Last Reviewed on June 19, 2019, by eNotes Editorial. Word Count: 234
In Independent People, author Halldor Laxness creates what could be classified as a family saga—one that depicts the struggles of a peasant farmer and his family in a time of political and social strife. The novel is more a story of Iceland than it is of a man. The protagonist, Bjartur of Summerhouses, lacks depth and feeling, and his life is reduced to a struggle for survival in a harsh and unforgiving environment.
Bjartur’s world is defined by natural forces strong and foreboding; they loom larger than his life. His only wish is to live independently free of debt, and to that end, he spends his life as an impoverished sheep farmer engaged in a continual struggle to survive. Independent People takes place in the years immediately following World War I, and Bjartur conforms to the image of the early Icelandic settler as stoic, steadfast, and strong. But his fight for independence is merely a fight against natural forces—forces that in Nordic mythology take the form of giants, ogres, and trolls. The story of Bjartur of Summerhouses is a snapshot of Icelandic life as it was centuries ago when people settled in remote areas of the world and idealized the idea of living off the land. Like Bjartur, they sacrificed emotion and joy as they engaged in what became a continual fight against formidable forces as they struggled to tame them.
Last Updated on May 7, 2015, by eNotes Editorial. Word Count: 730
Summerhouses. Small farm, formerly wintering pens for sheep, in a mountain valley of north-central Iceland. The story’s protagonist, Gudbjartur Jonsson, fulfills his dream of becoming an independent man by buying Summerhouses, a marginal tract of heath, and raising his own flock. To the south rise desolate mountains with glaciers, and ranges extend to the east and west, making the farmstead an island of fertile land within the surrounding desert highlands. Furthermore, it lies under a legendary curse, haunted by the Irish sorcerer Kolumkilli and the witch Gunnvor. In a major theme, these spirits symbolize the harsh, alien hostility of the environment to human occupation; everyone before Bjartur has been driven from Summerhouses. To avoid the humiliation of eating the bread of others or accepting charity of any kind, Bjartur must have stony resolution as unforgiving as the natural environment. In the best of years the heath barely supports enough sheep to feed a family; during bad years Bjartur loses two wives and several children to starvation and disease. Bjartur represents all poor people who dream of standing on their own land and controlling their own fortunes, and his fate—he eventually loses Summerhouses after decades of struggle—reveals the brittleness of that dream.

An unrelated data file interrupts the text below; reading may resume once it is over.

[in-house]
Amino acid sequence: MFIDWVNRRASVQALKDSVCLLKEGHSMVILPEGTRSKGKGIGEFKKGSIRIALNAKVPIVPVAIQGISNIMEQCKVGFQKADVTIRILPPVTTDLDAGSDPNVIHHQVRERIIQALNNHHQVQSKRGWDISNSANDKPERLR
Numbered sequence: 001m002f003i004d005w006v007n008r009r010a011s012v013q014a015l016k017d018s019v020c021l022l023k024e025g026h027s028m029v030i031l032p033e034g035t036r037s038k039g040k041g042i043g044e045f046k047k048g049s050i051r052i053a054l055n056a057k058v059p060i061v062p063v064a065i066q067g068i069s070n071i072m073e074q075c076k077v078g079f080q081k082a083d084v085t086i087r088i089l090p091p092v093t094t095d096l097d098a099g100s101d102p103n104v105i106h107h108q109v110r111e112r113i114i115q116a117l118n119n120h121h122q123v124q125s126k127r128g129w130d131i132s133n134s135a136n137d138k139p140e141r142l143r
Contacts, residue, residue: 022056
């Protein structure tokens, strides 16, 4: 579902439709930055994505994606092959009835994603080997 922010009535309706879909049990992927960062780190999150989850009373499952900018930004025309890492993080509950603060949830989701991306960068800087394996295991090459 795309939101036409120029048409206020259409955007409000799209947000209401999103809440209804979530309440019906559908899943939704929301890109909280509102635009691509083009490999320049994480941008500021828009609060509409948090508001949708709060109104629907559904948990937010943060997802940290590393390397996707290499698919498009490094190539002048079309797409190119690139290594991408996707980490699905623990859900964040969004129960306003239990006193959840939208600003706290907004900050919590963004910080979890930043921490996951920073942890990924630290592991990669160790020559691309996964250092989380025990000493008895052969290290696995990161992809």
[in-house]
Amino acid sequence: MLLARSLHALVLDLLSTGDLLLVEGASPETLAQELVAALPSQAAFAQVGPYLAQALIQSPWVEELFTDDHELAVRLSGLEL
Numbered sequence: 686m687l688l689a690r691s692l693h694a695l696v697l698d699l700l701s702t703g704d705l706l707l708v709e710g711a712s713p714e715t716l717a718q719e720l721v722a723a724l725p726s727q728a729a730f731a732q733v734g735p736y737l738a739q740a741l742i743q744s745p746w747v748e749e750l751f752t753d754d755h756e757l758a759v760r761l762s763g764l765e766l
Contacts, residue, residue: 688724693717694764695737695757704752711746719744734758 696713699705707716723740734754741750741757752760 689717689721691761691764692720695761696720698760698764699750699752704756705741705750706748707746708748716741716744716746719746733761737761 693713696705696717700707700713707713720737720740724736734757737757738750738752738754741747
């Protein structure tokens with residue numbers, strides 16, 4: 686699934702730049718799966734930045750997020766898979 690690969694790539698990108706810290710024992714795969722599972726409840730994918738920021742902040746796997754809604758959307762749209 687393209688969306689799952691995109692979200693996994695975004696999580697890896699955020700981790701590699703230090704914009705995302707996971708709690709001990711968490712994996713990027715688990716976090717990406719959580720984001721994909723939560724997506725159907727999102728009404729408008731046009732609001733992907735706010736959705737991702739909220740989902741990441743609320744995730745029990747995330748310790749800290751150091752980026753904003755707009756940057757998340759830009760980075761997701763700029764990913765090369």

*Iceland. North Atlantic island nation, whose countryside contains natural features that are both beautiful and terrifying—desert, heath, hot springs, freezing rivers, volcanic vents—all of it snowbound much of the year. On the northern part of Iceland, Bjartur and his family respond to the conditions variously. Bjartur himself finds nature a foe to tame with his strength and steadfastness. The summer pastures and native creatures imbue his youngest son, Nonni, with peace and contentment and inspire him to become a singer. The beauty of spring, especially its fragile wildflowers, reflects the innocent eroticism of Bjartur’s daughter, Asta Sollilja.
To most others in the area, however, the north is either a place of social exile, a backwater retaining relicts of medieval pastoral culture, as it is to the regional minister, the Reverend Godmundur, or it is a base from which to acquire larger wealth and status in greater Iceland, as it is for Bailiff Jon of Utirauthsmyri.
Rauthsmyri (roths-meer-ee). Small...
(The entire section contains 1207 words.)
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